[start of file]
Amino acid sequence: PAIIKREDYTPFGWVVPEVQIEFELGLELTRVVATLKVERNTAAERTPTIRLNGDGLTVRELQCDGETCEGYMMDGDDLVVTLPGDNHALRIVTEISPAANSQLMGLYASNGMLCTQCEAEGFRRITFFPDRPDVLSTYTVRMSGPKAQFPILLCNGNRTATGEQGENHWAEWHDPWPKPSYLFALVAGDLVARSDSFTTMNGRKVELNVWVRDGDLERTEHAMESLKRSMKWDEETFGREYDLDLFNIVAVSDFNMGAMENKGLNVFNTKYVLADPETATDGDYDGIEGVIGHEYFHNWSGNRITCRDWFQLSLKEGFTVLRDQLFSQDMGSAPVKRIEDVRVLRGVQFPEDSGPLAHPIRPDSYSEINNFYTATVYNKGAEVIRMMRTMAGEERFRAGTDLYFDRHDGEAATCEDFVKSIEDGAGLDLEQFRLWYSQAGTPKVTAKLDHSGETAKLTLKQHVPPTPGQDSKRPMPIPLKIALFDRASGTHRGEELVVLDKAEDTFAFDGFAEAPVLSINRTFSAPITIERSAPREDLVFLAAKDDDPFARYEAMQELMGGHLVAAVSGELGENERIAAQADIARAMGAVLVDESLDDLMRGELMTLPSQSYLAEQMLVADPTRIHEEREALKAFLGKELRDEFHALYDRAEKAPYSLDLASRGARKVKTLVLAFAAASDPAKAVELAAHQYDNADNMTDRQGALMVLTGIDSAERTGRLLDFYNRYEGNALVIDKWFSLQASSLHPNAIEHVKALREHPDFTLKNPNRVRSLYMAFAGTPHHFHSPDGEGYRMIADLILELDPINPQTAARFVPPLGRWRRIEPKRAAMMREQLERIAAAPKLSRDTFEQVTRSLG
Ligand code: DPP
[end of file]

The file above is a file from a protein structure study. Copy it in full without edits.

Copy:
Amino acid sequence: PAIIKREDYTPFGWVVPEVQIEFELGLELTRVVATLKVERNTAAERTPTIRLNGDGLTVRELQCDGETCEGYMMDGDDLVVTLPGDNHALRIVTEISPAANSQLMGLYASNGMLCTQCEAEGFRRITFFPDRPDVLSTYTVRMSGPKAQFPILLCNGNRTATGEQGENHWAEWHDPWPKPSYLFALVAGDLVARSDSFTTMNGRKVELNVWVRDGDLERTEHAMESLKRSMKWDEETFGREYDLDLFNIVAVSDFNMGAMENKGLNVFNTKYVLADPETATDGDYDGIEGVIGHEYFHNWSGNRITCRDWFQLSLKEGFTVLRDQLFSQDMGSAPVKRIEDVRVLRGVQFPEDSGPLAHPIRPDSYSEINNFYTATVYNKGAEVIRMMRTMAGEERFRAGTDLYFDRHDGEAATCEDFVKSIEDGAGLDLEQFRLWYSQAGTPKVTAKLDHSGETAKLTLKQHVPPTPGQDSKRPMPIPLKIALFDRASGTHRGEELVVLDKAEDTFAFDGFAEAPVLSINRTFSAPITIERSAPREDLVFLAAKDDDPFARYEAMQELMGGHLVAAVSGELGENERIAAQADIARAMGAVLVDESLDDLMRGELMTLPSQSYLAEQMLVADPTRIHEEREALKAFLGKELRDEFHALYDRAEKAPYSLDLASRGARKVKTLVLAFAAASDPAKAVELAAHQYDNADNMTDRQGALMVLTGIDSAERTGRLLDFYNRYEGNALVIDKWFSLQASSLHPNAIEHVKALREHPDFTLKNPNRVRSLYMAFAGTPHHFHSPDGEGYRMIADLILELDPINPQTAARFVPPLGRWRRIEPKRAAMMREQLERIAAAPKLSRDTFEQVTRSLG
Ligand code: DPP